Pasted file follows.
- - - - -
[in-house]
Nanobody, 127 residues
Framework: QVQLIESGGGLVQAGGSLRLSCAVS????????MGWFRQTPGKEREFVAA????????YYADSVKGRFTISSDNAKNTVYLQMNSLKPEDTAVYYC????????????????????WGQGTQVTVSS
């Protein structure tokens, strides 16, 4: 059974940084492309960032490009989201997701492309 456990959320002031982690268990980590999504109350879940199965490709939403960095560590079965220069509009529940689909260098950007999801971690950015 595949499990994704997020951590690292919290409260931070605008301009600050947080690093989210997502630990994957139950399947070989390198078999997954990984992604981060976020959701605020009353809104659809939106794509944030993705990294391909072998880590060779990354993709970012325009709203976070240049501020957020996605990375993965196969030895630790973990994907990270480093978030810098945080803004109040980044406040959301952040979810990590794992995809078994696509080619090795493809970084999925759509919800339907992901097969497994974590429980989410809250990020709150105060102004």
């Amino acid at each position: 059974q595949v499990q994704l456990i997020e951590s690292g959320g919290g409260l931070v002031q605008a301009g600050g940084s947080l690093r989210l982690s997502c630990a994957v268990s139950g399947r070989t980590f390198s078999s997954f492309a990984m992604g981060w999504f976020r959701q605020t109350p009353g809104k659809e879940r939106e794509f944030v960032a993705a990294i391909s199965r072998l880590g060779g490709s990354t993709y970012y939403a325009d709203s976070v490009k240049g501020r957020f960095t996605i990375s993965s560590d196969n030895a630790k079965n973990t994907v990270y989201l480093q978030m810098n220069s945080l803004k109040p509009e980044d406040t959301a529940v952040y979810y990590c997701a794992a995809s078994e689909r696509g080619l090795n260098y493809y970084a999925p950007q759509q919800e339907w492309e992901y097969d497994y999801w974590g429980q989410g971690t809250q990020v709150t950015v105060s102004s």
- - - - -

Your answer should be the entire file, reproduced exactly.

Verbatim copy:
[in-house]
Nanobody, 127 residues
Framework: QVQLIESGGGLVQAGGSLRLSCAVS????????MGWFRQTPGKEREFVAA????????YYADSVKGRFTISSDNAKNTVYLQMNSLKPEDTAVYYC????????????????????WGQGTQVTVSS
């Protein structure tokens, strides 16, 4: 059974940084492309960032490009989201997701492309 456990959320002031982690268990980590999504109350879940199965490709939403960095560590079965220069509009529940689909260098950007999801971690950015 595949499990994704997020951590690292919290409260931070605008301009600050947080690093989210997502630990994957139950399947070989390198078999997954990984992604981060976020959701605020009353809104659809939106794509944030993705990294391909072998880590060779990354993709970012325009709203976070240049501020957020996605990375993965196969030895630790973990994907990270480093978030810098945080803004109040980044406040959301952040979810990590794992995809078994696509080619090795493809970084999925759509919800339907992901097969497994974590429980989410809250990020709150105060102004």
């Amino acid at each position: 059974q595949v499990q994704l456990i997020e951590s690292g959320g919290g409260l931070v002031q605008a301009g600050g940084s947080l690093r989210l982690s997502c630990a994957v268990s139950g399947r070989t980590f390198s078999s997954f492309a990984m992604g981060w999504f976020r959701q605020t109350p009353g809104k659809e879940r939106e794509f944030v960032a993705a990294i391909s199965r072998l880590g060779g490709s990354t993709y970012y939403a325009d709203s976070v490009k240049g501020r957020f960095t996605i990375s993965s560590d196969n030895a630790k079965n973990t994907v990270y989201l480093q978030m810098n220069s945080l803004k109040p509009e980044d406040t959301a529940v952040y979810y990590c997701a794992a995809s078994e689909r696509g080619l090795n260098y493809y970084a999925p950007q759509q919800e339907w492309e992901y097969d497994y999801w974590g429980q989410g971690t809250q990020v709150t950015v105060s102004s």